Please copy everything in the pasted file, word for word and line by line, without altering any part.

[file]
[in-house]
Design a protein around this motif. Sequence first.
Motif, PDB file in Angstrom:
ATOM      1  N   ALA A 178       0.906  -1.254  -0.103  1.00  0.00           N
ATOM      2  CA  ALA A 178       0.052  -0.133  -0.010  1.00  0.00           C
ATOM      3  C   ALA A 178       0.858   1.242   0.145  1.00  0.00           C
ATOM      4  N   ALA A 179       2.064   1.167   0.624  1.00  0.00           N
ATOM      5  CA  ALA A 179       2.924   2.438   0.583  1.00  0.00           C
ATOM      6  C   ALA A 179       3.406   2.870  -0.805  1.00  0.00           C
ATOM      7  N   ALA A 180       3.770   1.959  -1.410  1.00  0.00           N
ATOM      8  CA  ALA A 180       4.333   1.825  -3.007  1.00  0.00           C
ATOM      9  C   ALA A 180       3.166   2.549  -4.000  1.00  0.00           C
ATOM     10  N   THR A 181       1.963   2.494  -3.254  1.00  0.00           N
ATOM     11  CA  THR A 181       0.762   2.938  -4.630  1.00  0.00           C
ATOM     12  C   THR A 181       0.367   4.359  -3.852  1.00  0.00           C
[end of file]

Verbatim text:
[in-house]
Design a protein around this motif. Sequence first.
Motif, PDB file in Angstrom:
ATOM      1  N   ALA A 178       0.906  -1.254  -0.103  1.00  0.00           N
ATOM      2  CA  ALA A 178       0.052  -0.133  -0.010  1.00  0.00           C
ATOM      3  C   ALA A 178       0.858   1.242   0.145  1.00  0.00           C
ATOM      4  N   ALA A 179       2.064   1.167   0.624  1.00  0.00           N
ATOM      5  CA  ALA A 179       2.924   2.438   0.583  1.00  0.00           C
ATOM      6  C   ALA A 179       3.406   2.870  -0.805  1.00  0.00           C
ATOM      7  N   ALA A 180       3.770   1.959  -1.410  1.00  0.00           N
ATOM      8  CA  ALA A 180       4.333   1.825  -3.007  1.00  0.00           C
ATOM      9  C   ALA A 180       3.166   2.549  -4.000  1.00  0.00           C
ATOM     10  N   THR A 181       1.963   2.494  -3.254  1.00  0.00           N
ATOM     11  CA  THR A 181       0.762   2.938  -4.630  1.00  0.00           C
ATOM     12  C   THR A 181       0.367   4.359  -3.852  1.00  0.00           C